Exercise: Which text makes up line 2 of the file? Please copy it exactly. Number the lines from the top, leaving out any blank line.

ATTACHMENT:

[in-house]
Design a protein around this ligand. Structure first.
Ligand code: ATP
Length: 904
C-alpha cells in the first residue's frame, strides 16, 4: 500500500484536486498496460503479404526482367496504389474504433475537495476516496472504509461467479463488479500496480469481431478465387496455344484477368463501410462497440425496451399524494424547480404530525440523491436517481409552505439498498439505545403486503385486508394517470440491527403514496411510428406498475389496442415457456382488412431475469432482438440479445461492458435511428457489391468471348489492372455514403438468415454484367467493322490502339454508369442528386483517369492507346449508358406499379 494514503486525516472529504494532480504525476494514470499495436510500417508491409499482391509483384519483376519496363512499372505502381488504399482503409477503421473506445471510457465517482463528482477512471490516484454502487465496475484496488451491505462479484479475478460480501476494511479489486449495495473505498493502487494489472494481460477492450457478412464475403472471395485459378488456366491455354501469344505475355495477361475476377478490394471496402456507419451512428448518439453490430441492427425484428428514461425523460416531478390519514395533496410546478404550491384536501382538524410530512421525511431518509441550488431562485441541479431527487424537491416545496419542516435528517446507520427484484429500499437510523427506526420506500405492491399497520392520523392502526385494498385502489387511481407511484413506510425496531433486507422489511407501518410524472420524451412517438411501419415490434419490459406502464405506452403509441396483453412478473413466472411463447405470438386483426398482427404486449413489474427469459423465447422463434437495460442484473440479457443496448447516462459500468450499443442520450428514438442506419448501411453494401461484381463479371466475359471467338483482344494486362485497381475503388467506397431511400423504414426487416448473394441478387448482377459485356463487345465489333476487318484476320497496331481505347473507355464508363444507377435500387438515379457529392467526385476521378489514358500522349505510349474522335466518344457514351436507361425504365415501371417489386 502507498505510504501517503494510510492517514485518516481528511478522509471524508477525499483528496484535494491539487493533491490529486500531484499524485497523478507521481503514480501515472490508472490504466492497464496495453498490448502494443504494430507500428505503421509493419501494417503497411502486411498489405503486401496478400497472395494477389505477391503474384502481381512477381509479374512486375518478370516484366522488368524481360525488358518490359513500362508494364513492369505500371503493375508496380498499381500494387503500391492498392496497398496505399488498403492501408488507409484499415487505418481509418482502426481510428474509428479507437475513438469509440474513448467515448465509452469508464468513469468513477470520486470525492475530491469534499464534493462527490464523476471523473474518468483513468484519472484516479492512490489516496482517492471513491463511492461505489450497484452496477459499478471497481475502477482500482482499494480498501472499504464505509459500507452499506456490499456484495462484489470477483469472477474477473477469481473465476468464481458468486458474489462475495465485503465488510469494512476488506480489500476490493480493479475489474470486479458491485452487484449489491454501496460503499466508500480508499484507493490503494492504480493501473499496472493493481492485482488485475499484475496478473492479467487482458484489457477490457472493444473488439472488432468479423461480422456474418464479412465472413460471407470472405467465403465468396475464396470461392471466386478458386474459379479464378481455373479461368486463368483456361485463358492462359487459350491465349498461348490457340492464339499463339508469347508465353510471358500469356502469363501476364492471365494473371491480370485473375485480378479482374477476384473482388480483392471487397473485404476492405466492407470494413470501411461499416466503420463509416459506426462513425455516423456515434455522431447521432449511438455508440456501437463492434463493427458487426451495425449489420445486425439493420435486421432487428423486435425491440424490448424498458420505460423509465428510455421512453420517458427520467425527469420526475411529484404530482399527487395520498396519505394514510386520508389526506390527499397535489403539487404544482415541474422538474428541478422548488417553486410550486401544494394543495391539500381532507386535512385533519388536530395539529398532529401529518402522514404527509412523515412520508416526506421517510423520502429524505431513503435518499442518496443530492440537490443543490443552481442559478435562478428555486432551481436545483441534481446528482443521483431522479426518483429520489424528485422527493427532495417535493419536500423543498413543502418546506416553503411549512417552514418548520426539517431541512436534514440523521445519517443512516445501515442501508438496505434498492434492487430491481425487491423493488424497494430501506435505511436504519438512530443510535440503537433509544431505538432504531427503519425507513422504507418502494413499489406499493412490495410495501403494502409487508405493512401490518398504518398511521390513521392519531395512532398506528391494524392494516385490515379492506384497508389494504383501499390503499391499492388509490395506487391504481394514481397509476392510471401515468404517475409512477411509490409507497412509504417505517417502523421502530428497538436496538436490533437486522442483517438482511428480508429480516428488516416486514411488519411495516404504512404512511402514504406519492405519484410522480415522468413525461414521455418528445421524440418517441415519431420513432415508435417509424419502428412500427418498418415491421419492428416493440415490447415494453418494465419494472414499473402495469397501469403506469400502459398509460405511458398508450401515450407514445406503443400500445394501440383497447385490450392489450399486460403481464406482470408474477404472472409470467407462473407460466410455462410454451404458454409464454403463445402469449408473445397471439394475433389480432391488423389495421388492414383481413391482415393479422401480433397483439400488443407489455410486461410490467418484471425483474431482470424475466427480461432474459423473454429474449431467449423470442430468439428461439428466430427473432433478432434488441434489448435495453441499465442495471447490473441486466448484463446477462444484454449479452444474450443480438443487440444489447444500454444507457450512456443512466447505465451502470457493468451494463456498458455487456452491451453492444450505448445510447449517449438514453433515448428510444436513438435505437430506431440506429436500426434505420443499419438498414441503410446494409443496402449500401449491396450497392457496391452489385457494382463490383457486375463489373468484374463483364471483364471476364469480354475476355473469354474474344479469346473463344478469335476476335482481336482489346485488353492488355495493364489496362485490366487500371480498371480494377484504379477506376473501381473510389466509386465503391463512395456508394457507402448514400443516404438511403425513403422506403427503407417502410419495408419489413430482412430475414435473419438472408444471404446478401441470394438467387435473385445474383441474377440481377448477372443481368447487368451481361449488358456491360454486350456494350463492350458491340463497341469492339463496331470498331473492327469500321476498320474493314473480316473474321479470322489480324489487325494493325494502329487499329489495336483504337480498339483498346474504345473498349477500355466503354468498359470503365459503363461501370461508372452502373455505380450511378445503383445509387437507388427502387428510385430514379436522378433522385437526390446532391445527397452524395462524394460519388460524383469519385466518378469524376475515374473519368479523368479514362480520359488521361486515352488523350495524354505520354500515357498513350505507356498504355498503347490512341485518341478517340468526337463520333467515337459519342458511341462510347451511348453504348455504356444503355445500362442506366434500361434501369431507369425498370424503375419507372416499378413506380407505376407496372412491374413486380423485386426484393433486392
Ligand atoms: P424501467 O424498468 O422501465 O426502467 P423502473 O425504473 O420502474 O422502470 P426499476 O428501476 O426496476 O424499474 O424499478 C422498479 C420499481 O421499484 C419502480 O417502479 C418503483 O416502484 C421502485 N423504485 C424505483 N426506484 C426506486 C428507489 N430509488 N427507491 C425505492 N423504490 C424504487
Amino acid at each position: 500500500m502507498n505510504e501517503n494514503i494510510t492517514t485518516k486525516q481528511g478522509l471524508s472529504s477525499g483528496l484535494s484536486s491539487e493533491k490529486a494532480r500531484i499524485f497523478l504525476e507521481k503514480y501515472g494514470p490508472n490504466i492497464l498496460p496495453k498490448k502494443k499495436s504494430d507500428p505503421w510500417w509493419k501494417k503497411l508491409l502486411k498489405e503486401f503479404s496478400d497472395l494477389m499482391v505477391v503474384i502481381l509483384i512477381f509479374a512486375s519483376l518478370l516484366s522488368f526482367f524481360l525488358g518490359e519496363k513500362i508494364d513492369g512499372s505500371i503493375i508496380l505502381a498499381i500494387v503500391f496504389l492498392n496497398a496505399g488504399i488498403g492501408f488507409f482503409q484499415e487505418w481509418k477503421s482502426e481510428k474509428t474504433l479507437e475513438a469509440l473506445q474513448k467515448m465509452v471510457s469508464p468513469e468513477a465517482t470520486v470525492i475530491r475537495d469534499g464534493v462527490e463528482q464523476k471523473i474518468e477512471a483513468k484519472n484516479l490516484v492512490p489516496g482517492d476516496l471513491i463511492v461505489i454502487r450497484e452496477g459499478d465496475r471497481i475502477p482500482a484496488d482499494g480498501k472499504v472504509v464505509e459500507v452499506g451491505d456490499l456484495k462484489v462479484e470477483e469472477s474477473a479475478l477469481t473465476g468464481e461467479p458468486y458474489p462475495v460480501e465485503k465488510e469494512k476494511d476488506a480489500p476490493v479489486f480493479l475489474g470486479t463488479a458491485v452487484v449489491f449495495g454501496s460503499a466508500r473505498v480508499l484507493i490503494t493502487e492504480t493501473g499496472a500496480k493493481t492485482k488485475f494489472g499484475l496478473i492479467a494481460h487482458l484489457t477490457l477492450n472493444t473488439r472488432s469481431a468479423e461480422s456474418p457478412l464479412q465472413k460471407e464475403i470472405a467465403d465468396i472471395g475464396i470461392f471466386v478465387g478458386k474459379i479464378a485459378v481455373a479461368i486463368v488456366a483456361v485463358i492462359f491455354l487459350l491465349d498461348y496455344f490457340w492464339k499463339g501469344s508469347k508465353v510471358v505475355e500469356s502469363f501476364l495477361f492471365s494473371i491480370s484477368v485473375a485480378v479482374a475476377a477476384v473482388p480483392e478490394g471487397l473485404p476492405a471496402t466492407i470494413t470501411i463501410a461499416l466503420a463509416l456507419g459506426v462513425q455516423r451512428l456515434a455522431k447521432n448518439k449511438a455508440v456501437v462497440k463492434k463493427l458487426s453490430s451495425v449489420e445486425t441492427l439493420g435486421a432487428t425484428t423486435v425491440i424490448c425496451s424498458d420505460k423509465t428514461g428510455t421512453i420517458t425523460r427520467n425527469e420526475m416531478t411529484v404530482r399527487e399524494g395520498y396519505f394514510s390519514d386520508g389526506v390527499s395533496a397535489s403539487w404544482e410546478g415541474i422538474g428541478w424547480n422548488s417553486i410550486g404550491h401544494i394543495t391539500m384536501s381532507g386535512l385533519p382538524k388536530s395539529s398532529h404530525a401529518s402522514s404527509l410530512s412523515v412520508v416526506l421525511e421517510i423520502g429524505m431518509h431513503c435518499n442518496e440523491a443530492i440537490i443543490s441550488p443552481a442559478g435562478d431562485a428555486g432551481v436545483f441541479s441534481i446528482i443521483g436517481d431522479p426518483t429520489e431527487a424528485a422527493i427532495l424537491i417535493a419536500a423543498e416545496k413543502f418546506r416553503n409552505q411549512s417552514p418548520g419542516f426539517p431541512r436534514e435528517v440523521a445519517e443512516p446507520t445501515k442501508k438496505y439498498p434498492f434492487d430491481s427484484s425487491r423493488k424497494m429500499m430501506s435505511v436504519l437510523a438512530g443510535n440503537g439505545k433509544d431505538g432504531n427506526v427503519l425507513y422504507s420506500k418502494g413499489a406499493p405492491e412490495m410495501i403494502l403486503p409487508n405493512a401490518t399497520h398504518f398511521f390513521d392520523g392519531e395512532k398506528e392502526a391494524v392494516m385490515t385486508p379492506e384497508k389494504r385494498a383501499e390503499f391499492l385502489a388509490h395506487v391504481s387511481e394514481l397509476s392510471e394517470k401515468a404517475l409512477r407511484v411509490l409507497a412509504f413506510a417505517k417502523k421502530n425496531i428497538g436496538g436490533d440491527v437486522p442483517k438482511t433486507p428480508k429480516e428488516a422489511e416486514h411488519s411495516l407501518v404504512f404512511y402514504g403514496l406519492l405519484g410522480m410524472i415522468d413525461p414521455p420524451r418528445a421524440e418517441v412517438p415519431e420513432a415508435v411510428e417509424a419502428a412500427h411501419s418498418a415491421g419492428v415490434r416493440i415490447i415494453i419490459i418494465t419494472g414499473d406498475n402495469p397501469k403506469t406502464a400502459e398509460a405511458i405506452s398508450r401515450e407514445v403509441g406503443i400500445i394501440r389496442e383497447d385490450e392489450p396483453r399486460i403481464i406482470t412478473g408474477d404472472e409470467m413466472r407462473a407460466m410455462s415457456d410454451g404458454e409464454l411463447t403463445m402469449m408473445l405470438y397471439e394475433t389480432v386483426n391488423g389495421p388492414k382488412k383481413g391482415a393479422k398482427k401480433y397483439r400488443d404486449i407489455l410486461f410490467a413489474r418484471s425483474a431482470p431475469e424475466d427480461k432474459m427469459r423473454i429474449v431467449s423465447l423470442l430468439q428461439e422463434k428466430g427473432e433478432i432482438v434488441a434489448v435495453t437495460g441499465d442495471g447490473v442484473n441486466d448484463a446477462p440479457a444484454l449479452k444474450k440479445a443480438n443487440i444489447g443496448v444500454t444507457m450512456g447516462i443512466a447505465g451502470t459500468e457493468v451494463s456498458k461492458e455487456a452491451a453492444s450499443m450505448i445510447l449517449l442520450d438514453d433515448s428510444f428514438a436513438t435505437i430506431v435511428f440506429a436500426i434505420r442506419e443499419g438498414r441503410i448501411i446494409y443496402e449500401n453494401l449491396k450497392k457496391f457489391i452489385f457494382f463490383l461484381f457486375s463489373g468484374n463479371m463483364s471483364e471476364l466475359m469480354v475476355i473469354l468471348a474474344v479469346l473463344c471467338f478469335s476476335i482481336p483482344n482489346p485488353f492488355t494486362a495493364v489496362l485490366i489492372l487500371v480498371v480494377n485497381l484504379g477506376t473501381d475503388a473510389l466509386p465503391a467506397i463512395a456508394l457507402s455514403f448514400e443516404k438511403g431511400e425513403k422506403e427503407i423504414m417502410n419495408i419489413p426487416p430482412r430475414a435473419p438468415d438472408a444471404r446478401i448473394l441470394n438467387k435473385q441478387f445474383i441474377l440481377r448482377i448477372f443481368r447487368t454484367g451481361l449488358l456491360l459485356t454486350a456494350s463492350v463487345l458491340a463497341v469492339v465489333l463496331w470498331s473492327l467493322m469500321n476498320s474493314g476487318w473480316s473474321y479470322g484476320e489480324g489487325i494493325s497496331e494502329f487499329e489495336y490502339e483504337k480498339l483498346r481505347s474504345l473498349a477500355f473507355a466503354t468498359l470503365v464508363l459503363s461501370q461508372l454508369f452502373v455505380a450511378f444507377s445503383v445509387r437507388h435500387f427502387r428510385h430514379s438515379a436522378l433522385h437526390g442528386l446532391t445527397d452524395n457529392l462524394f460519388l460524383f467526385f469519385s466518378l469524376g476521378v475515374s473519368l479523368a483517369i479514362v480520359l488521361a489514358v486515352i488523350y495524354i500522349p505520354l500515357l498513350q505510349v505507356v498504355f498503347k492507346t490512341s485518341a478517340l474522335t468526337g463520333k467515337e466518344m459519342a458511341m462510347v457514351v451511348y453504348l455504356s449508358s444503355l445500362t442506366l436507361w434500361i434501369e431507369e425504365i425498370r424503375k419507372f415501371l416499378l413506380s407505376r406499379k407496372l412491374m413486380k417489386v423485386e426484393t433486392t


Design a protein around this ligand. Structure first.